Another example given was approaches to cleaning up air pollution in cities. She argued that India's use of LPG for vehicles had made a significant improvement in air quality. One problem is that in Delhi most of the road space is taken up by private cars, while most people are transported in buses. The introduction of bus lanes had been opposed by car drivers.Ms Narain did not mention the Delhi Mass Rapid Transit System (MRTS, Delhi Metro or दिल्ली मेट्रो), which is an example of the problems with high technology solutions. Perhaps Indian experts could help Sydney's transport problems).

Ms Narain argued that a change in the framework, with equity, so that the global South can implement CO2 reduction, before becoming rich, rather than after, as happend in the North. The system suggested was a per-captia emissions allowance. In this way countries such as India could trade some of their allowance with countries such as Australia. This might be a good way to use carbon trading mechanisms to include the world.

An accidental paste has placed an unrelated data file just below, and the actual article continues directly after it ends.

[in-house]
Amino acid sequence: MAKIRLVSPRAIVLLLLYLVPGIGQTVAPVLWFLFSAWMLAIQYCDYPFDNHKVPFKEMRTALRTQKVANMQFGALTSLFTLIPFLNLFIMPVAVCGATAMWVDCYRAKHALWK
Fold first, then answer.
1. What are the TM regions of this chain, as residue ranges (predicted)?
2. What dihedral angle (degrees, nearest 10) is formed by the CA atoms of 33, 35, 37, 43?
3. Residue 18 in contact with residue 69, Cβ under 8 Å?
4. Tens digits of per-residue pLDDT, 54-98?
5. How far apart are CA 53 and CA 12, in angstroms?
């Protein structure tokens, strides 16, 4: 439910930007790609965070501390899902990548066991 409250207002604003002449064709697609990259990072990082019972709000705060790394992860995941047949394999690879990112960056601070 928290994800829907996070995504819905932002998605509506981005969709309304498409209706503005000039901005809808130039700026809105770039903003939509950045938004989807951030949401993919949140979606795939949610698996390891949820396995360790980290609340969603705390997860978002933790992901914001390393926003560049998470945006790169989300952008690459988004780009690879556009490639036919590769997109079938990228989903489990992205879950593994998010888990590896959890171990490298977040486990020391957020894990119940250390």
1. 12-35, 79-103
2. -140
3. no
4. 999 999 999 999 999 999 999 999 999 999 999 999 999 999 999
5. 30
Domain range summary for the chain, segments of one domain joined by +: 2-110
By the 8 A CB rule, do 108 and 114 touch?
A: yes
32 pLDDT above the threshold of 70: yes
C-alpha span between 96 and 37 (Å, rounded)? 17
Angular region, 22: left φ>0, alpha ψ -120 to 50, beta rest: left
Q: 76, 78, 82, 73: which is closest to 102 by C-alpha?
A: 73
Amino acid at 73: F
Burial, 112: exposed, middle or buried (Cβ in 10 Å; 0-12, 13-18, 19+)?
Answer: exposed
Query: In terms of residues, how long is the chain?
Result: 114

At question time I asked if market mechanisms would be sufficient or was a philosophical change to issues such as climate change needed. The answer was that this is a political issue and the community needs to assert that public goods need regulation and other mechanism to see correct use. The matter is urgent and imporant and can't be left to good will and good intentions.